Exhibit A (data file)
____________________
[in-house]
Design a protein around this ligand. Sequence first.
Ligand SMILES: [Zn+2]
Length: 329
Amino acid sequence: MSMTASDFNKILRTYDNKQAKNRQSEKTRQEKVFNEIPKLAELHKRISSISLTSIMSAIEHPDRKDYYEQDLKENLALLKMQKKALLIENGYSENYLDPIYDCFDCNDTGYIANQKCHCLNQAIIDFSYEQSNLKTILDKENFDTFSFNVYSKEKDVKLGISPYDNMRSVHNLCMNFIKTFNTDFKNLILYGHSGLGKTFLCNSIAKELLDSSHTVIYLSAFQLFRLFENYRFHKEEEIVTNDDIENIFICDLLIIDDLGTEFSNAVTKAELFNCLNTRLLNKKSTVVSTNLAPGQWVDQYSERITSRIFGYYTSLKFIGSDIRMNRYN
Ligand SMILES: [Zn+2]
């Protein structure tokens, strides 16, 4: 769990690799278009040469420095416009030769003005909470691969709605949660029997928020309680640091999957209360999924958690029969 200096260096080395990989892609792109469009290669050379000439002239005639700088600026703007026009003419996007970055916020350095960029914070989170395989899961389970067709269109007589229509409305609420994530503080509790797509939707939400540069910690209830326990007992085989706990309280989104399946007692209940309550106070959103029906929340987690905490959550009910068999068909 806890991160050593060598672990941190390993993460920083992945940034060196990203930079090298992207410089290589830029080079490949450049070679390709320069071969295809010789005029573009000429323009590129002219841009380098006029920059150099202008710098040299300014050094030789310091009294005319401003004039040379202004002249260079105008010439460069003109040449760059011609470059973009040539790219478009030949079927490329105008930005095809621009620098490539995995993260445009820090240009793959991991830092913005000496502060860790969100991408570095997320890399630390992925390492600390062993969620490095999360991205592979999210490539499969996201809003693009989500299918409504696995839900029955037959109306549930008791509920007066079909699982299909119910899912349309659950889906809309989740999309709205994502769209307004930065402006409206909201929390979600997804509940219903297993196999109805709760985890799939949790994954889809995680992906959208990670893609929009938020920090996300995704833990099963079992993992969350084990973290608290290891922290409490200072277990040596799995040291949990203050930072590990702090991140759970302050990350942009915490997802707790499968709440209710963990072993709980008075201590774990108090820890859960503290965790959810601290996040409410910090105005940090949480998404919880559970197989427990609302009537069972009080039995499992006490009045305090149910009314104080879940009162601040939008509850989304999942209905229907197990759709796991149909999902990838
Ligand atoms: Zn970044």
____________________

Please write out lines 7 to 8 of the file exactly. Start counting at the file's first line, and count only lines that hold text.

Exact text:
């Protein structure tokens, strides 16, 4: 769990690799278009040469420095416009030769003005909470691969709605949660029997928020309680640091999957209360999924958690029969 200096260096080395990989892609792109469009290669050379000439002239005639700088600026703007026009003419996007970055916020350095960029914070989170395989899961389970067709269109007589229509409305609420994530503080509790797509939707939400540069910690209830326990007992085989706990309280989104399946007692209940309550106070959103029906929340987690905490959550009910068999068909 806890991160050593060598672990941190390993993460920083992945940034060196990203930079090298992207410089290589830029080079490949450049070679390709320069071969295809010789005029573009000429323009590129002219841009380098006029920059150099202008710098040299300014050094030789310091009294005319401003004039040379202004002249260079105008010439460069003109040449760059011609470059973009040539790219478009030949079927490329105008930005095809621009620098490539995995993260445009820090240009793959991991830092913005000496502060860790969100991408570095997320890399630390992925390492600390062993969620490095999360991205592979999210490539499969996201809003693009989500299918409504696995839900029955037959109306549930008791509920007066079909699982299909119910899912349309659950889906809309989740999309709205994502769209307004930065402006409206909201929390979600997804509940219903297993196999109805709760985890799939949790994954889809995680992906959208990670893609929009938020920090996300995704833990099963079992993992969350084990973290608290290891922290409490200072277990040596799995040291949990203050930072590990702090991140759970302050990350942009915490997802707790499968709440209710963990072993709980008075201590774990108090820890859960503290965790959810601290996040409410910090105005940090949480998404919880559970197989427990609302009537069972009080039995499992006490009045305090149910009314104080879940009162601040939008509850989304999942209905229907197990759709796991149909999902990838
Ligand atoms: Zn970044």